Fairy Tales and Photography, or, Another look at Cinderella, a facsimile of Jo Spence's ambitious BA thesis will be published in full for the first time. Written in 1982 by Spence, a cultural worker and photographer, this landmark thesis aimed to untangle interconnected gender and class oppressions in historic fairy tales. Spence asks How do we take a story like Cinderella out of the archives, off the bookshelves, out of the retail stores and attempt to prise out its latent class content? Its political and social uses?
Class Slippers, the sister publication contextualises the work of Spence for a contemporary audience and provides new insights to the dissertation nearly 40 years since its creation. It is written by Dr Frances Hatherley, an archivist at the Jo Spence Memorial Library Archive at Birkbeck, University, with a preface by writer Marina Warner. The publication of both these books coincides with the forthcoming retrospective exhibition of Spences work From Fairy Tales to Phototherapy at the Arnolfini in Bristol which is part of the inaugural Bristol Photo Festival.
"This dissertation brings together subjects, both personal and political, that she grappled with throughout her life: social class, family histories, sexuality, representation of women and visual ideologies. Her work drew on her own lived experience of being a woman from a working-class background, her battles with cancer, mental health, education and her family history, but throughout she was always socially minded, with an eye on the structures of power that shape our lives
In this funny, scrappy, smart and insightful work, we are encouraged to take another look at Cinderella and once we have, fairytales will never look the same again." Dr Frances Hatherley
Spences thesis was a pivotal document created at a crucial point in her career. This facsimile version shows her handwritten markings and corrections, alongside her use of imagery from archival prints to magazines, book covers and photography to illustrate and enhance her argument. The thesis solidified her previous free-flowing thoughts, encompassed the key concerns her past and future work and formed powerful arguments which went on to mobilise future projects.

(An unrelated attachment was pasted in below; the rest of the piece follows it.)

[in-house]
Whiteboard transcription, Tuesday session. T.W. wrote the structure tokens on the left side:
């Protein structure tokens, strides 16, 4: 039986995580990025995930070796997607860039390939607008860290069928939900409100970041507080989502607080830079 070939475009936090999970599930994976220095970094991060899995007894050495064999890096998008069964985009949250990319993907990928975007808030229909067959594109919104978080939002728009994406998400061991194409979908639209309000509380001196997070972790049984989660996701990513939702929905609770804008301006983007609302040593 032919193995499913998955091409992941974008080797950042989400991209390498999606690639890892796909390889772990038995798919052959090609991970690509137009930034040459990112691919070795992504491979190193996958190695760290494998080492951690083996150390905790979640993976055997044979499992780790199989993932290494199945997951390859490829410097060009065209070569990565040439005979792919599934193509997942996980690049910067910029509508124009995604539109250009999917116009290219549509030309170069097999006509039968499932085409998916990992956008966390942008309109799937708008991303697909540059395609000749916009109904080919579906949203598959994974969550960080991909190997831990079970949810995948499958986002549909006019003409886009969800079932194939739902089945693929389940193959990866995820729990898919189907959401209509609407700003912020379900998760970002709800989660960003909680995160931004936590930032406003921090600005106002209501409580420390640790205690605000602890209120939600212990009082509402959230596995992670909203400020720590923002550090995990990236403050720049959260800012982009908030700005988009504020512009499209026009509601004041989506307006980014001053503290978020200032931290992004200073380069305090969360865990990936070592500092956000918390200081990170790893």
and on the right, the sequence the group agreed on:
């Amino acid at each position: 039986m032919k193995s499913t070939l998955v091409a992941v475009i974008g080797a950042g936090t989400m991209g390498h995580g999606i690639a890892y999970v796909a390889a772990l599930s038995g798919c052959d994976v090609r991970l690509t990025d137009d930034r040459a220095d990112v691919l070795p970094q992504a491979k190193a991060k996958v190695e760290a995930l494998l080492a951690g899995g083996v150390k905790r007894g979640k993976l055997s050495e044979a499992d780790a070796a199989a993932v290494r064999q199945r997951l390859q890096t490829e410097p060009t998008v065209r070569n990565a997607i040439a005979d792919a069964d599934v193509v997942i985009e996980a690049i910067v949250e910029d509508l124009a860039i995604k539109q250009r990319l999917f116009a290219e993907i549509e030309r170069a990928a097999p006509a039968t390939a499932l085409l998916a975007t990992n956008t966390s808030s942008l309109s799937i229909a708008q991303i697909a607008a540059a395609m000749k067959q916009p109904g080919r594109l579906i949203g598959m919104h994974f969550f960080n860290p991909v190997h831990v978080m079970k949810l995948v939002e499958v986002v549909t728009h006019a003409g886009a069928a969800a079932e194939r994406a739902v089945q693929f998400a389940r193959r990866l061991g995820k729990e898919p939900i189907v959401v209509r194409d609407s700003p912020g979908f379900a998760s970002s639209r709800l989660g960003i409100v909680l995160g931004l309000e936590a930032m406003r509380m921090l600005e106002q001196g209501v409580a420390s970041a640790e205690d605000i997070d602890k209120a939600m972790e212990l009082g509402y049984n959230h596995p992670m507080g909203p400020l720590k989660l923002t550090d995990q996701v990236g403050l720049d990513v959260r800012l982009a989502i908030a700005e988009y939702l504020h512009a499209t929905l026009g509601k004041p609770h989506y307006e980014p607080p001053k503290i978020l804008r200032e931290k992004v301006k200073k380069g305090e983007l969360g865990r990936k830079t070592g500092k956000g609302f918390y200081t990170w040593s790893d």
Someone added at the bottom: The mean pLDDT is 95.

'By reproducing in facsimile Jo Spences exceptional dissertation, this publication pays homage to her methods and her independence of mind. With its Merz-like, scrapbook feel, its a form of domestic production in itself and a unique example of book-making history before widespread digitisation in the home. A typewritten, collaged work from before an epoch of PowerPoint and Photoshop, Fairytales and Photography, or, another look at Cinderella can take its place in its own right as one of Spences significant cultural interventions. Marina Warner
Jo Spence (1934 - 1992) started her career assisting commercial photographers before quickly establishing her own agency specialising in weddings, family portraiture and actor portfolios. Her early experiences led her to an acute understanding of the mechanics of photography from the practical to more theoretical considerations. The early seventies saw Spence's work shift towards a more interrogative and critical documentary mode which articulated a desire to create photographs that run counter to the idealised imagery offered by advertising.
Alongside a prolific photographic practice, Spence maintained a career as an educator, writer, organiser and broadcaster. For Spence, photography should be informative, and it should be noted that her emergence as a photographer paralleled an increasingly politicised art world.
Following a diagnosis with breast cancer subsequent work was a response to her treatment by the medical establishment and her attempt to navigate its authority through alternative therapies. In 1984, alongside Rosy Martin, Spence developed 'Photo-Therapy', adopting techniques from co-counselling to invert the traditional relationship between the photographer and the subject. If historically the subject had little control over their own representation, PhotoTherapy shifts this dynamic enabling them to act out personal narratives and claim agency for their own biography.
In 1990, after returning from work commitments abroad, Spence was diagnosed with leukaemia, an illness that would claim her life in 1992. Up until her final moments Spence was still probing at the potential of photography to articulate the 'unrepresentable'. Her practice illustrates a way to connect her own intimacies and traumas to a broader public discourse. Affirmation, for Spence was about visibility and autonomy - to say what you want to, when you want to.